Children "don't have the sophistication" to distinguish between a pat-down carried out by an airport security officer and an assault by a sexual predator, he said.
The TSA policy could "desensitize children to inappropriate touch and ultimately make it easier for sexual offenders to prey on our children," Wooden added.
Jonathan Adler asks whether the TSA backed down and compiles other evidence of scanners being shut down.
Wednesday, December 1, 2010
Here is what New York State's Office of Children & Family Services recommends that you tell your children about inappropriate touching:
Excellent advice for children and for adults.
Children need to know that the safety rules about touching apply all the time, not just with strangers ... or with men ... or with baby sitters. In many cases ...children are sexually abused by people they know and trust [including] authority figures....
- You are special and important.
- Your body is your own.
- You have the right to say "NO" if someone wants to touch you in any way that makes you feel uncomfortable, afraid or confused.
- There are parts of your body that are private. You have the right to say "NO" to anyone who wants to touch your vagina, penis, breasts or buttocks. You have my permission to say "NO" even if that person is an adult ... even if it's a grown-up you know.
- Pay attention to your feelings. Trust your feelings about the way people touch you.
- If someone bothers you, I want you to tell me. I promise that I will believe you.
- If someone touches you in a way that does not seem right, it is not your fault.
Also, abusers seldom need to use physical force...Unfortunately, abusers can use threats successfully because children are taught to believe and obey adults.
Authority figures, for example, may also use threats of violence to engage in abuse against adults, for example, "you will be blown up unless you let me touch your genitals and take naked pictures of you."
[Jason] Beauharnois was a supervisor for the Department of Homeland Security's TSA at the Burlington Airport. He has since been suspended without pay.
Of course, any large organization is going to have an employee who ends up being charged with a sex crime. Even if TSA engaged in expensive screening for its employees to weed out potential sex offenders, that screening would be imperfect—and it wouldn't make the unnecessary, costly, and counterproductive intrusiveness of its current search policy any better.
Tuesday, November 30, 2010
Monday, November 29, 2010
Sunday, November 28, 2010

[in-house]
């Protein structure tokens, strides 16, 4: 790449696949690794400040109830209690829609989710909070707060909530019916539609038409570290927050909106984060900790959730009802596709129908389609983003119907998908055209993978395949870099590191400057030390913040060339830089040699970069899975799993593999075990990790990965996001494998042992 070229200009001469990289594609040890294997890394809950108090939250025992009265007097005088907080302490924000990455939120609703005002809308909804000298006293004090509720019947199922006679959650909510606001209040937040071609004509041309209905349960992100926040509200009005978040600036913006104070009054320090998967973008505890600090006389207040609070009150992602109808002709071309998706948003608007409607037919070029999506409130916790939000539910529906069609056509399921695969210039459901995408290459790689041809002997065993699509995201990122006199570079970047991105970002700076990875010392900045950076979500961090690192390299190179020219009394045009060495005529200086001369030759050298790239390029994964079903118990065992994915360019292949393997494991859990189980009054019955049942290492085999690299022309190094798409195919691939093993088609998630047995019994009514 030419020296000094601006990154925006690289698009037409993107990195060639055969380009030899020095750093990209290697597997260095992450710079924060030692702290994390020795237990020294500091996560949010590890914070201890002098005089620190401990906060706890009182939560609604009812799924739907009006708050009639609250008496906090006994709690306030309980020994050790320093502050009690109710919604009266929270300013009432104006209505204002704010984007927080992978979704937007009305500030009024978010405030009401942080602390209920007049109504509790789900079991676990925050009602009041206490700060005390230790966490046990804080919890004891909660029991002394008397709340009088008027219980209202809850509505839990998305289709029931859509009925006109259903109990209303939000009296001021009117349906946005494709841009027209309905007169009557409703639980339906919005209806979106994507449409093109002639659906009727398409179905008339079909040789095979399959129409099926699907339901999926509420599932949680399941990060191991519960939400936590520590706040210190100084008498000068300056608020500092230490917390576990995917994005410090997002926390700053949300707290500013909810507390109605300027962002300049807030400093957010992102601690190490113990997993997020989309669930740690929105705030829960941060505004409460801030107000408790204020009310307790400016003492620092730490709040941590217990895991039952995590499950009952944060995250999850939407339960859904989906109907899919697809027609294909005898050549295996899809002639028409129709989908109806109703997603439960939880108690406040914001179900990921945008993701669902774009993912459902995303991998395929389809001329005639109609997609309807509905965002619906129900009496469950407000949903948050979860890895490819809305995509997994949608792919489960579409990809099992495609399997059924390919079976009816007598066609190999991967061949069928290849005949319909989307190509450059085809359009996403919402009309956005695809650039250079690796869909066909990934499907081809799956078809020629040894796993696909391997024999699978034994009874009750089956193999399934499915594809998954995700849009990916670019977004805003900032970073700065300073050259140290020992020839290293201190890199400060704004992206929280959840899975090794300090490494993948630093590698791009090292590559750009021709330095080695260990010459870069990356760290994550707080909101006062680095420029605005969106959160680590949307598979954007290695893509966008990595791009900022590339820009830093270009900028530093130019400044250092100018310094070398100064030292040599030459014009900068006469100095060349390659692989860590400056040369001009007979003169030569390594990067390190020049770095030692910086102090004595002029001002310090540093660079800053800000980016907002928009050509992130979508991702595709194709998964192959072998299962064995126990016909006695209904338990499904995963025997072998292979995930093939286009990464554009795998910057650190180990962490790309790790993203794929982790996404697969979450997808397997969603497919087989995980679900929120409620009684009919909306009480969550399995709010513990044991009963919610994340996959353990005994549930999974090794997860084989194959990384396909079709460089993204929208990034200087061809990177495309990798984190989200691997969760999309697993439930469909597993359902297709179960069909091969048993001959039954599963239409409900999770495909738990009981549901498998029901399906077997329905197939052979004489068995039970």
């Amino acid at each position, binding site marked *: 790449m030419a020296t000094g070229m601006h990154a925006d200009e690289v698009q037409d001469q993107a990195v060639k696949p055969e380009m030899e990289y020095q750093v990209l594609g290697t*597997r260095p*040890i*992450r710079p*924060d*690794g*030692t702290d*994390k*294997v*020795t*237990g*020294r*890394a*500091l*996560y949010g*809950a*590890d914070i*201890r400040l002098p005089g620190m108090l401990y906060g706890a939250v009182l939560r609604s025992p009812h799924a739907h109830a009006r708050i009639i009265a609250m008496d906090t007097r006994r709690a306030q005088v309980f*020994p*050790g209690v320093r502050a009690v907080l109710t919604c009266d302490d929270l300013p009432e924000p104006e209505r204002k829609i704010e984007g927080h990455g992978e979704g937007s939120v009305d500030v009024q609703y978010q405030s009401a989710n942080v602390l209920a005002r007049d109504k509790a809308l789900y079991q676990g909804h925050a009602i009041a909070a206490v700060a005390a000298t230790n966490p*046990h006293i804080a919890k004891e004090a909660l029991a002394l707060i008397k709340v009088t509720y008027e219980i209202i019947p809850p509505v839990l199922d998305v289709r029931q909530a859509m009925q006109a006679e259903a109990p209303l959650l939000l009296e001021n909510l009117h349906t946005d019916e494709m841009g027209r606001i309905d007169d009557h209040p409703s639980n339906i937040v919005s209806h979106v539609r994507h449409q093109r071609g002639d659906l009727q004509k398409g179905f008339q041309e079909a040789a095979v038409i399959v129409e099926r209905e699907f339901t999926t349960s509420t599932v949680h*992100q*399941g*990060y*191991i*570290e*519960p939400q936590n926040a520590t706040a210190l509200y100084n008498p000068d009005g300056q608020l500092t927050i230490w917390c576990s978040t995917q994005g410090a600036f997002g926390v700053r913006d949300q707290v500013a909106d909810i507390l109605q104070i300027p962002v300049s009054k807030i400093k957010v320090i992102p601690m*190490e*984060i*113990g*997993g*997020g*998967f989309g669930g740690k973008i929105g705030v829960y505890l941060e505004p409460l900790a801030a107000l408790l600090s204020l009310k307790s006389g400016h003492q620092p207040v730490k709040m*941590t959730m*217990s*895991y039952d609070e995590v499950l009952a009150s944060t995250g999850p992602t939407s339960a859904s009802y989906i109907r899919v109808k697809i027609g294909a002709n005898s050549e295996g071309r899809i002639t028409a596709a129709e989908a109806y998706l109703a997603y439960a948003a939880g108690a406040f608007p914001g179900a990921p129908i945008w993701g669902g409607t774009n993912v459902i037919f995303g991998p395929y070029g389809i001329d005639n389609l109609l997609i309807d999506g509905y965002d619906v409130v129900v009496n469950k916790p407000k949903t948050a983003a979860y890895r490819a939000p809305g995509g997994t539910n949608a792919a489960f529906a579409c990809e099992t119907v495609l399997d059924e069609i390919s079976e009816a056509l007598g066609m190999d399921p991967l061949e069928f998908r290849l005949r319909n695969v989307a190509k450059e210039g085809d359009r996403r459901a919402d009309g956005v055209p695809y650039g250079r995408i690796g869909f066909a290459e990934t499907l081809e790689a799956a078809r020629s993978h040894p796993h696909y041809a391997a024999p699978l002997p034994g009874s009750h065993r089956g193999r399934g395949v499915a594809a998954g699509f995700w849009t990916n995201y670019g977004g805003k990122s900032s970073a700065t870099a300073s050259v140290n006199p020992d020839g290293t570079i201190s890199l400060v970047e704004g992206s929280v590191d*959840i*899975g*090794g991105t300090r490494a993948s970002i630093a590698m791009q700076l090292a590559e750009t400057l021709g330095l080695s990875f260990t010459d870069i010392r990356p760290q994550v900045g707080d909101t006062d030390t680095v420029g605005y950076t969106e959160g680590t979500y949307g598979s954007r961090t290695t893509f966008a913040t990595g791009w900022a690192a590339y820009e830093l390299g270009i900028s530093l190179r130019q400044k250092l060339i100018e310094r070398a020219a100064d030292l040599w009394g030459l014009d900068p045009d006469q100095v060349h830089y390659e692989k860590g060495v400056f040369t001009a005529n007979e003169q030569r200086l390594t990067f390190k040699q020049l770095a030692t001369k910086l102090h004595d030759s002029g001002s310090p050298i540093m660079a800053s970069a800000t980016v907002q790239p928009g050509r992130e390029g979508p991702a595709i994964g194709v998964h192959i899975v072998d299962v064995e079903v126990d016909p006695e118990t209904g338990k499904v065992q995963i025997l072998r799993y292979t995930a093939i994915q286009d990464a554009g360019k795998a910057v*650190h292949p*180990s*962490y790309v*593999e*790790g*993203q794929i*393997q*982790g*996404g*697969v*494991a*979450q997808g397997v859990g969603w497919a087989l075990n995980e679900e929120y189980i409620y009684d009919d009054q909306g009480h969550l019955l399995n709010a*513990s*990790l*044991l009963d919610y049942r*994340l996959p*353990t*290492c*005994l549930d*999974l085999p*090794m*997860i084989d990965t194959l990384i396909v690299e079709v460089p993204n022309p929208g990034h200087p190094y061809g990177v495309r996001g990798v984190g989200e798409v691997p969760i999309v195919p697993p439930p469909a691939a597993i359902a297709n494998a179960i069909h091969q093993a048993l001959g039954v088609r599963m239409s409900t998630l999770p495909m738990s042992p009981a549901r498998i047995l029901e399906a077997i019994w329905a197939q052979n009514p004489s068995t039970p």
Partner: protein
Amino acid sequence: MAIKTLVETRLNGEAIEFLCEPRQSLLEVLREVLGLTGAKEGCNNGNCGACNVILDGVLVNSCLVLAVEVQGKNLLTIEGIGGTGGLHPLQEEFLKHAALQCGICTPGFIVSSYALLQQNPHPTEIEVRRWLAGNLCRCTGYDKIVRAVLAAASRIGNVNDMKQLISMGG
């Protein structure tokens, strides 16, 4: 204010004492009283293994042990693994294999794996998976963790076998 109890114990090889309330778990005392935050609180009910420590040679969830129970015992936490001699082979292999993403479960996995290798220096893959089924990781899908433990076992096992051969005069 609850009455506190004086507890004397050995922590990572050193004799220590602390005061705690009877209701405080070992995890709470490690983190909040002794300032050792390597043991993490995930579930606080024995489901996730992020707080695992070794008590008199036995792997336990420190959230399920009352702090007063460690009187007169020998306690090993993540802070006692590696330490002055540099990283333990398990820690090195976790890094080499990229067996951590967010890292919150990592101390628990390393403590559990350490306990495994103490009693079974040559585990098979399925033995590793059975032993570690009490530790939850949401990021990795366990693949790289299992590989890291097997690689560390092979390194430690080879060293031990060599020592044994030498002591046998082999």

We have asked TSA to find the tools terrorists use and prevent both from boarding a passenger plane. We have unintentionally created an agency that now seeks efficiency and compliance more than any weapon or explosive.
While returning my computer and shoes to their proper places, I watched the screening line at BWI. I thought about the haphazard events surrounding the security screening process. As I watched the screening officers, I wondered what information drives their decisions. Left only to my observations, I concluded that their decisions were entirely random, and likely based upon three criteria: passenger load, staffing, and whim.
I was left to conclude that I am not screened because I look like a terrorist. I am routinely screened because I look like someone who will readily comply. I decided then that my next invitation to enjoy additional screening would be met with more inquiry.
Among the possible targets in the suspected European terror plot are pre-security areas in at least five major European airports, a law enforcement official told ABC News. Authorities believe terror teams are preparing to mount a commando like attack featuring small units and small firearms modeled after the Mumbai attack two years ago.
The State Department issued a highly unusual "Travel Alert" Sunday for "potential terrorist attacks in Europe," saying U.S. citizens are "reminded of the potential for terrorists to attack public transportation systems and other tourist infrastructure."
One scenario authorities fear is a repeat of the 1985 attack on the Rome and Vienna airports, when Palestinian extremists threw grenades and opened fire on travelers waiting at ticket counters injuring 140 and killing 19, including a small child.
Saturday, November 27, 2010